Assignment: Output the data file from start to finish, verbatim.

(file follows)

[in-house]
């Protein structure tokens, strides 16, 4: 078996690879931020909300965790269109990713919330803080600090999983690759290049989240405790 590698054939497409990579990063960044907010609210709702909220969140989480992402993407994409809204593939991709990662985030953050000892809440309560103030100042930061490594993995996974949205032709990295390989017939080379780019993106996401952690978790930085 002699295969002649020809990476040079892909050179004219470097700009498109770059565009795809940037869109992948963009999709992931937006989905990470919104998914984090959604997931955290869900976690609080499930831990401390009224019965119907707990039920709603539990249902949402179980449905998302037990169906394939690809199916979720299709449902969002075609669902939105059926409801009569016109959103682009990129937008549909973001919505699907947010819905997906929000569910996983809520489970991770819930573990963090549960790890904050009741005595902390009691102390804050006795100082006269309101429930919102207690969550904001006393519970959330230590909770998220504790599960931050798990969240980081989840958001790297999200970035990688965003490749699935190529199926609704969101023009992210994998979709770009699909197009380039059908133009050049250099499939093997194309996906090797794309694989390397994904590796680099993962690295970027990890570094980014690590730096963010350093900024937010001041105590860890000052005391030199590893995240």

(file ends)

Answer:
[in-house]
């Protein structure tokens, strides 16, 4: 078996690879931020909300965790269109990713919330803080600090999983690759290049989240405790 590698054939497409990579990063960044907010609210709702909220969140989480992402993407994409809204593939991709990662985030953050000892809440309560103030100042930061490594993995996974949205032709990295390989017939080379780019993106996401952690978790930085 002699295969002649020809990476040079892909050179004219470097700009498109770059565009795809940037869109992948963009999709992931937006989905990470919104998914984090959604997931955290869900976690609080499930831990401390009224019965119907707990039920709603539990249902949402179980449905998302037990169906394939690809199916979720299709449902969002075609669902939105059926409801009569016109959103682009990129937008549909973001919505699907947010819905997906929000569910996983809520489970991770819930573990963090549960790890904050009741005595902390009691102390804050006795100082006269309101429930919102207690969550904001006393519970959330230590909770998220504790599960931050798990969240980081989840958001790297999200970035990688965003490749699935190529199926609704969101023009992210994998979709770009699909197009380039059908133009050049250099499939093997194309996906090797794309694989390397994904590796680099993962690295970027990890570094980014690590730096963010350093900024937010001041105590860890000052005391030199590893995240």